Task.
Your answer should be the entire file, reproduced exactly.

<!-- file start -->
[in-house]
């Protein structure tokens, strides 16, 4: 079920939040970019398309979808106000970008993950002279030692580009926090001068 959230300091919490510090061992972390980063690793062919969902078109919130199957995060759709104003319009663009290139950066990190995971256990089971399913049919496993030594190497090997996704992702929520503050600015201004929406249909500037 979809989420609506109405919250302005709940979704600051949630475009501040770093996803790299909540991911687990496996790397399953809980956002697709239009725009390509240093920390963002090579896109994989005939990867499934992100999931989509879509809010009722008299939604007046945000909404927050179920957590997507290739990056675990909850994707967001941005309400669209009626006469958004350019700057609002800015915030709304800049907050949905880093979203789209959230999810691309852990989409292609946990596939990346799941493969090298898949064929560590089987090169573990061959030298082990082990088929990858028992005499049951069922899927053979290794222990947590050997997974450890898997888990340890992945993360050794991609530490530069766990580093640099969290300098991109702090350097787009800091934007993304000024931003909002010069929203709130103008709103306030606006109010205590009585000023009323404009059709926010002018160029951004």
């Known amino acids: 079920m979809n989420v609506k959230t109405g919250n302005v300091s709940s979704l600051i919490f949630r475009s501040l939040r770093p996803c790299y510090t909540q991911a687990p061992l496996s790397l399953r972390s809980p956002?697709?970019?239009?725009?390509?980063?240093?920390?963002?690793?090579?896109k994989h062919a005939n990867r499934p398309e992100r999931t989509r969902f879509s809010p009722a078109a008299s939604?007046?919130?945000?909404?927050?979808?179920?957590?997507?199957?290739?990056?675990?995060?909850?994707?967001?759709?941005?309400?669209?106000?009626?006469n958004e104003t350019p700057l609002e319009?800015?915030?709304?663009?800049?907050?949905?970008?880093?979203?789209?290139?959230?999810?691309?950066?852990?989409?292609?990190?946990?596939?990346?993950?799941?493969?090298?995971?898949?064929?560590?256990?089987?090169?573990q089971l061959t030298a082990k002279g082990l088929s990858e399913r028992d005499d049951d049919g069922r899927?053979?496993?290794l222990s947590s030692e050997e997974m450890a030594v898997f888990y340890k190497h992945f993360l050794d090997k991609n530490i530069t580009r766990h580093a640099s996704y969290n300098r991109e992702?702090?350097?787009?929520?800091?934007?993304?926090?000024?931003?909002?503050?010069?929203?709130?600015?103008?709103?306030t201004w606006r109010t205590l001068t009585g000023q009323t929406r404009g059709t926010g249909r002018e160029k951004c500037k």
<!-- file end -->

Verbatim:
[in-house]
């Protein structure tokens, strides 16, 4: 079920939040970019398309979808106000970008993950002279030692580009926090001068 959230300091919490510090061992972390980063690793062919969902078109919130199957995060759709104003319009663009290139950066990190995971256990089971399913049919496993030594190497090997996704992702929520503050600015201004929406249909500037 979809989420609506109405919250302005709940979704600051949630475009501040770093996803790299909540991911687990496996790397399953809980956002697709239009725009390509240093920390963002090579896109994989005939990867499934992100999931989509879509809010009722008299939604007046945000909404927050179920957590997507290739990056675990909850994707967001941005309400669209009626006469958004350019700057609002800015915030709304800049907050949905880093979203789209959230999810691309852990989409292609946990596939990346799941493969090298898949064929560590089987090169573990061959030298082990082990088929990858028992005499049951069922899927053979290794222990947590050997997974450890898997888990340890992945993360050794991609530490530069766990580093640099969290300098991109702090350097787009800091934007993304000024931003909002010069929203709130103008709103306030606006109010205590009585000023009323404009059709926010002018160029951004």
């Known amino acids: 079920m979809n989420v609506k959230t109405g919250n302005v300091s709940s979704l600051i919490f949630r475009s501040l939040r770093p996803c790299y510090t909540q991911a687990p061992l496996s790397l399953r972390s809980p956002?697709?970019?239009?725009?390509?980063?240093?920390?963002?690793?090579?896109k994989h062919a005939n990867r499934p398309e992100r999931t989509r969902f879509s809010p009722a078109a008299s939604?007046?919130?945000?909404?927050?979808?179920?957590?997507?199957?290739?990056?675990?995060?909850?994707?967001?759709?941005?309400?669209?106000?009626?006469n958004e104003t350019p700057l609002e319009?800015?915030?709304?663009?800049?907050?949905?970008?880093?979203?789209?290139?959230?999810?691309?950066?852990?989409?292609?990190?946990?596939?990346?993950?799941?493969?090298?995971?898949?064929?560590?256990?089987?090169?573990q089971l061959t030298a082990k002279g082990l088929s990858e399913r028992d005499d049951d049919g069922r899927?053979?496993?290794l222990s947590s030692e050997e997974m450890a030594v898997f888990y340890k190497h992945f993360l050794d090997k991609n530490i530069t580009r766990h580093a640099s996704y969290n300098r991109e992702?702090?350097?787009?929520?800091?934007?993304?926090?000024?931003?909002?503050?010069?929203?709130?600015?103008?709103?306030t201004w606006r109010t205590l001068t009585g000023q009323t929406r404009g059709t926010g249909r002018e160029k951004c500037k």